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In current society, people with Attention Deficit/Hyperactivity Disorder (ADHD) tend to struggle if not suffer. Despite this, rather than a disorder, ADHD should be thought of as a particular neuro-cognitive profile; that is, a characteristic brain format that results in a different way of literally thinking. With so many people diagnosed with ADHD – and so many more undiagnosed — we must ask, where does ADHD come from and is it truly a problem in and of itself?
Salif shares a current hypothesis about ADHD’s root and an alternative perspective – including several benefits of the condition – regarding how we engage with it in our schools, homes and selves.
Eisenberg, D. T. A., Campbell, B., Gray, P. B., & Sorenson, M. D. (2008). Dopmaine receptor genetic polymorphisms and body composition in undernourished pastoralists: An exploration of nutrition indices among nomadic and recently settled Ariaal men of northern Kenya. BMC Evolutionary Biology, 8, 173-184.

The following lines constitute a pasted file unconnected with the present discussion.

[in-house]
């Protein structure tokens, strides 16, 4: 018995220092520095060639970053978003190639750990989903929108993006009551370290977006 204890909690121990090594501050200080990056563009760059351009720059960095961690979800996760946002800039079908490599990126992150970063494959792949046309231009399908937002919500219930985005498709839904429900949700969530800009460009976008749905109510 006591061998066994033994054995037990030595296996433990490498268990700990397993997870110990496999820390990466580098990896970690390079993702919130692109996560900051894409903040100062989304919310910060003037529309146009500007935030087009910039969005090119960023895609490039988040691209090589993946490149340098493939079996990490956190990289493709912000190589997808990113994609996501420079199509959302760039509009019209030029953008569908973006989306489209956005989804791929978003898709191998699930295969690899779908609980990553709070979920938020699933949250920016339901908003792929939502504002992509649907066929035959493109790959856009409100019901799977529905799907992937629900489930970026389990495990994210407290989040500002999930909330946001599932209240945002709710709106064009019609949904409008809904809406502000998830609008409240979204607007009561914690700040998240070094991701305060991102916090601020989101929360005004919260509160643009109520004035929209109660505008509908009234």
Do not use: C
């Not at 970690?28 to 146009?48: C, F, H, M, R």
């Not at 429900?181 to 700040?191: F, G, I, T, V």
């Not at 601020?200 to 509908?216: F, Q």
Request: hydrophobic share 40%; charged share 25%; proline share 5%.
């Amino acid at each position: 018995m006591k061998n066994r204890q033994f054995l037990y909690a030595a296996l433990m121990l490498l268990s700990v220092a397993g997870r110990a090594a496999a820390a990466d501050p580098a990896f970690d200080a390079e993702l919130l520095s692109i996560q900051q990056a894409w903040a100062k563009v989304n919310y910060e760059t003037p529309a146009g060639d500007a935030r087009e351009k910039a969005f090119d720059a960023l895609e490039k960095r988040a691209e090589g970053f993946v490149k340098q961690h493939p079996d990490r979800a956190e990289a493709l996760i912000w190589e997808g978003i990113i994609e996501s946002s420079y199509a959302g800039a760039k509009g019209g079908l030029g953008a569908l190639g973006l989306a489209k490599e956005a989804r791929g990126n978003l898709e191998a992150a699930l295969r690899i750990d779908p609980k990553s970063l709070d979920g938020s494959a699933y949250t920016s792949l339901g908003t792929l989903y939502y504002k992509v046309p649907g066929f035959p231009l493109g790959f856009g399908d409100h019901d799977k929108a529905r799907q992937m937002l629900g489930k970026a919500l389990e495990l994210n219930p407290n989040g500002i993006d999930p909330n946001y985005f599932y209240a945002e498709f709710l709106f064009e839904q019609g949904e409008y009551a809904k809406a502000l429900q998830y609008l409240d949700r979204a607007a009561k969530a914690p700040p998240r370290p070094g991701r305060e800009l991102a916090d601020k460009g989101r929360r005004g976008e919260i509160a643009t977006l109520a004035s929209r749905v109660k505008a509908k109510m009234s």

Salif is currently a doctoral student in the Experimental and Applied Psychological Program at USU. On a day-to-day basis he manages Dr. Kerry Jordan’s Multisensory Cognition Lab. His research investigates cognitive and neurophysiological outcomes of exposure to, and immersion in, natural environments. Salif loves long walks in the mountains, hunting, fishing, camping, gardening, and planning his future homestead. Most of all, he loves having no idea whatsoever as to how to parent his two-year-old son, but trying anyway.
This talk was given at a TEDx event using the TED conference format but independently organized by a local community. Learn more at http://ted.com/tedx